Last month, a new report on the state of healthcare in Australia was released by the Australian Institute for Health and Welfare (AIHW). The publication, entitled Australia’s Health 2020, has come under fire for presenting outdated information, with some of the numbers dating back to 2017-18 or earlier.

However, these are the latest figures available at a national level and they provide a useful backdrop against which recent and future events can be set. The bi-annual report covers a range of topics, such as life expectancy, chronic conditions, prescriptions and social determinants of health; but what does it tell us about the health system itself?

More than 2 in 5 Australians have private hospital cover

The figures show that in June 2019, 11.2 million Australians (44% of the population) had some form of private patient hospital cover, and 13.6 million (53%) had general treatment cover. Unsurprisingly, more than 4 in 5 hospitalisations in private hospitals were funded by private health insurance.

The healthcare workforce is growing rapidly

Between 2013-14 and 2017-18, the Australian registered health workforce increased by 16%.  In 2018, there were more than 586,000 registered health practitioners in Australia, including 334,000 nurses and midwives and 98,400 medical practitioners.

The number of hospital beds has increased

The report states that in 2018, there were around 2.5 public hospital beds per 1,000 people. The number of public hospital beds (per population) was relatively stable between 2013-14 and 2017-18, while number of private hospital beds increased slightly to reach 1.4 per 1,000 people.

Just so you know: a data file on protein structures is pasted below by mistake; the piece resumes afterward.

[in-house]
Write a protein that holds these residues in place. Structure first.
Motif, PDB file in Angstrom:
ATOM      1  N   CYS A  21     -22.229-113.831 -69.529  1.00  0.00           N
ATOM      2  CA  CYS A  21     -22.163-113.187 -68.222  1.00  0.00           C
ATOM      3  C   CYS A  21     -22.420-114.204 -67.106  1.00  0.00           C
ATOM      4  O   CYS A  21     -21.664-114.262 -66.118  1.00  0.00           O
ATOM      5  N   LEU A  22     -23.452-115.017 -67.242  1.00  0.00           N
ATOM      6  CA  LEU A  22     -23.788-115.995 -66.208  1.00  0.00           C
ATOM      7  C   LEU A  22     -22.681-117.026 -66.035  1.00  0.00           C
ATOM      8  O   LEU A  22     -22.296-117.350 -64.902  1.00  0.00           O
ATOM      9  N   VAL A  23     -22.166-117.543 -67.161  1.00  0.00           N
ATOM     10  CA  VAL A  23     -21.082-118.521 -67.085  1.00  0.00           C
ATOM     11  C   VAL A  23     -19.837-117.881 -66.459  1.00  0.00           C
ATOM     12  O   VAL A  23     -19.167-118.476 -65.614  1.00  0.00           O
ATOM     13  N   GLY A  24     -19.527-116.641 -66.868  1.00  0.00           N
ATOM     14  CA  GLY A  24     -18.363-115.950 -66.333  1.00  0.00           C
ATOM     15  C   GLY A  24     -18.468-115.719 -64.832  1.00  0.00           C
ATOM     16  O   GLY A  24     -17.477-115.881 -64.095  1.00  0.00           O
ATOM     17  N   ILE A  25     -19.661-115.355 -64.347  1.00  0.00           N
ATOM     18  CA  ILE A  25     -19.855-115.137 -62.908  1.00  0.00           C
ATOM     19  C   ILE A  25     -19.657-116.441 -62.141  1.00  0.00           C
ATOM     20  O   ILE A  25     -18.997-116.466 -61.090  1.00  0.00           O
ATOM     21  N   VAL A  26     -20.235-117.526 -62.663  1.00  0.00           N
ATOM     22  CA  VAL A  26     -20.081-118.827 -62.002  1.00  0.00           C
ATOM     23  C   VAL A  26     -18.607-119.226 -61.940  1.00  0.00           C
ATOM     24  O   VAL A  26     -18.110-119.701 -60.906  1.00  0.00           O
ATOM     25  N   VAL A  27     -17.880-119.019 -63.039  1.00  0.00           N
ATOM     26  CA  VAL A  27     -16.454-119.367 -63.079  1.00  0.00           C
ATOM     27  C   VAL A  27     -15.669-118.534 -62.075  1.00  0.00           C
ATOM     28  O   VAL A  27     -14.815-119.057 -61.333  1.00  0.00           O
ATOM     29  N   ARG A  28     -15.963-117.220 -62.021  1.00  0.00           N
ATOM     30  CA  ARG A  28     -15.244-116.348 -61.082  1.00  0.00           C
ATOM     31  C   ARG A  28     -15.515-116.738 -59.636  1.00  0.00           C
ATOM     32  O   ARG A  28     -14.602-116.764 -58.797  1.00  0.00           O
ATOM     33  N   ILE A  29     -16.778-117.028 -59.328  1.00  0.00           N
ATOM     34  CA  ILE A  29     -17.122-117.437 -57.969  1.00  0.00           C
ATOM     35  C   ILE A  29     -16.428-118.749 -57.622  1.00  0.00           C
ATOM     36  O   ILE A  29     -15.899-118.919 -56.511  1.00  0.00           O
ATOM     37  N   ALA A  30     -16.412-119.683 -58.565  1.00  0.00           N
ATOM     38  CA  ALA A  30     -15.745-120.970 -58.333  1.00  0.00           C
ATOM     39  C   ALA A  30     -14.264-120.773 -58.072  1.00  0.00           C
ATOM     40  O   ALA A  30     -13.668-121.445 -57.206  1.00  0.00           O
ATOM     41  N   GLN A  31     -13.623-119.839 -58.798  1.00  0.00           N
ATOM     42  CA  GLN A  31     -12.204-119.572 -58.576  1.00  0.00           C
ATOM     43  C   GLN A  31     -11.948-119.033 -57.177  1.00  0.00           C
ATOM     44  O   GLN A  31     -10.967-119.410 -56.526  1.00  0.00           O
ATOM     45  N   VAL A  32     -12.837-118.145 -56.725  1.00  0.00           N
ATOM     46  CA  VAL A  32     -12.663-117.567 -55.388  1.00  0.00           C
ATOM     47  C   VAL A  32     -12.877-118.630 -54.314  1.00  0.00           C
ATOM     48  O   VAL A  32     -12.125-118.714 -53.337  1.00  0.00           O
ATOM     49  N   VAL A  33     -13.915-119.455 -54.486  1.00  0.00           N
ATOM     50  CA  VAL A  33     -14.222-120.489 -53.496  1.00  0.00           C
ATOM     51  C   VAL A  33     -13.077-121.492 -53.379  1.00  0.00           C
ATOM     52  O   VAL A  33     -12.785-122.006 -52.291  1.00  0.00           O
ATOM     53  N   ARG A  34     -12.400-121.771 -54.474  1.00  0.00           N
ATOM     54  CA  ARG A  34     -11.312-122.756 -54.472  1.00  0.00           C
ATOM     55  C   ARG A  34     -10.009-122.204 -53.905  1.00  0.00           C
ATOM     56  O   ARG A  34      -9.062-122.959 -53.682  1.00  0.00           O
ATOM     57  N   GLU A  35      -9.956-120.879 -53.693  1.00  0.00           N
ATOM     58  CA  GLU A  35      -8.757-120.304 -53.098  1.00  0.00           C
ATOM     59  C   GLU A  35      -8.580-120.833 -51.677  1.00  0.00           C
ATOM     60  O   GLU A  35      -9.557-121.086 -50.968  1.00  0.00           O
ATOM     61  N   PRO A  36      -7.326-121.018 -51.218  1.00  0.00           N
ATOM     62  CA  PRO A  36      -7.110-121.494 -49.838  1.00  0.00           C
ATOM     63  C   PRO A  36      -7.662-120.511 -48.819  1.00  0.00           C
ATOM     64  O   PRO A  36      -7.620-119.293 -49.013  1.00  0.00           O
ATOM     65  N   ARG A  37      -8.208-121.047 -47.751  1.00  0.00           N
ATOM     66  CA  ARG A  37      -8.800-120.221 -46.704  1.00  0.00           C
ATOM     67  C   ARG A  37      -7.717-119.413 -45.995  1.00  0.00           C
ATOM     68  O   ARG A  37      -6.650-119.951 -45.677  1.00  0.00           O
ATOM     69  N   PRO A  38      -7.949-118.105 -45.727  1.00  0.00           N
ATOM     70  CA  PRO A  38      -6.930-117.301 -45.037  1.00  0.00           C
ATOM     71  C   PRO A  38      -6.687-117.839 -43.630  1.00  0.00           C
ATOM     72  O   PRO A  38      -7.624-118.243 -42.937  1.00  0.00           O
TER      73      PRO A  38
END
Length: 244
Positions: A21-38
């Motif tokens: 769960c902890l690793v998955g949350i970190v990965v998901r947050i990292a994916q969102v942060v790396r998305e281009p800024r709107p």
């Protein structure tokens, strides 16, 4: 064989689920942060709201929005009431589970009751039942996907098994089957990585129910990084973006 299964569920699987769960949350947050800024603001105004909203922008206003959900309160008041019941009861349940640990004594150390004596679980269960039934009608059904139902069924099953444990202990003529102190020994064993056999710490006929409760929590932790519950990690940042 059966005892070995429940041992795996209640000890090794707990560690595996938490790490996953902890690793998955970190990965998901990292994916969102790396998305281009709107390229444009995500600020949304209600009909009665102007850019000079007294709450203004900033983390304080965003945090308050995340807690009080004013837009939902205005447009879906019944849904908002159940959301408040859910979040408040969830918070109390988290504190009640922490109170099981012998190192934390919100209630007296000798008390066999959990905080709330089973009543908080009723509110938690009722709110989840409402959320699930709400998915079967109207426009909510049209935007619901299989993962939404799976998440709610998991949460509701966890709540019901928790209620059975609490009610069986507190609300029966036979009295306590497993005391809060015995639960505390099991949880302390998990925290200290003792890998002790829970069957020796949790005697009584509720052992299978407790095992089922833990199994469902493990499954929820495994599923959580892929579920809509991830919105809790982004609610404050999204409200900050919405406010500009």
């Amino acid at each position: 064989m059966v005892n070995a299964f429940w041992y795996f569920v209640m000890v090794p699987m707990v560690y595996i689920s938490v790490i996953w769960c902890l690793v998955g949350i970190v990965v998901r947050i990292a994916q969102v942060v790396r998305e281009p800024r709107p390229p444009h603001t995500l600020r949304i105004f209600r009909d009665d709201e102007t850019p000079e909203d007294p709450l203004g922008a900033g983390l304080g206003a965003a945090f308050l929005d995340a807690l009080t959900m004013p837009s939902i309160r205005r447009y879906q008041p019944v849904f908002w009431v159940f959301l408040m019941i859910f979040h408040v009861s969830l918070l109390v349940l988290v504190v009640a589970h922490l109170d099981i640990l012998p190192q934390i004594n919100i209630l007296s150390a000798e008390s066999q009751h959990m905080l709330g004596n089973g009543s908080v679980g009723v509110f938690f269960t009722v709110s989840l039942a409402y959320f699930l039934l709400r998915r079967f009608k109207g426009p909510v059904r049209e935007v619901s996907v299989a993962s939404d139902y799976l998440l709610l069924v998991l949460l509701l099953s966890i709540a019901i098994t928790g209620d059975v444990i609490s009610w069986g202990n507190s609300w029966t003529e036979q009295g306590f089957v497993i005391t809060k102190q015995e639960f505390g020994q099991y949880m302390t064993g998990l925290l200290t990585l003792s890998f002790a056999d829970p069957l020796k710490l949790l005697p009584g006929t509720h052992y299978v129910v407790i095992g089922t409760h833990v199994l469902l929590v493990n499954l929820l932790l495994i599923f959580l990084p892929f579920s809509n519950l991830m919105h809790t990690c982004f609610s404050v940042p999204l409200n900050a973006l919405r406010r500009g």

In real terms though, the number of hospital beds increased by 1.3% per year on average. In 2018, there were 62,000 beds in 693 public hospitals across Australia. The number of private hospitals (including day hospital facilities) in 2016–17 was 657.

The average length of a hospital stay is decreasing

In 2018-19 there were 11.5 million hospitalisations in total, of which 6.9 million were to public hospitals. The total number of hospitalisations rose faster than Australian population growth, at an average of 3.7% each year in public hospitals and 2.6% in private hospitals.

Out of all hospitalisations, 33% were for patients who were admitted and discharged on the same day in a public hospital and 27% were for 1 or more nights in a public hospital. Same-day hospitalisations in private hospitals accounted for 29%, with 11% involving an overnight stay.

The average length of stay in hospital is decreasing; between 2014–15 and 2018–19, the average length of stay in hospital decreased slightly from 2.8 days to 2.7 days.

Median waiting times for elective surgery are longer

The data shows that in 2018-19, 2.3 million hospitalisations were for elective surgery, of which around two-thirds occurred in private hospitals.

Over the past five years, the number of patients added to the elective surgery waiting list has increased by an average of 2.5% per year, while admissions from public hospital waiting lists have increased by 2.1% each year, on average. Elective surgery waiting times for individual procedures varies by state and territory, but has remained fairly constant for the whole of Australia over the past 5 years.

Waiting time data is not available for patients admitted from private hospital waiting lists, but the median waiting time for elective surgery in public hospitals has increased from 35 days to 41 days over the past five years. Ten years ago the median waiting time was 33 days.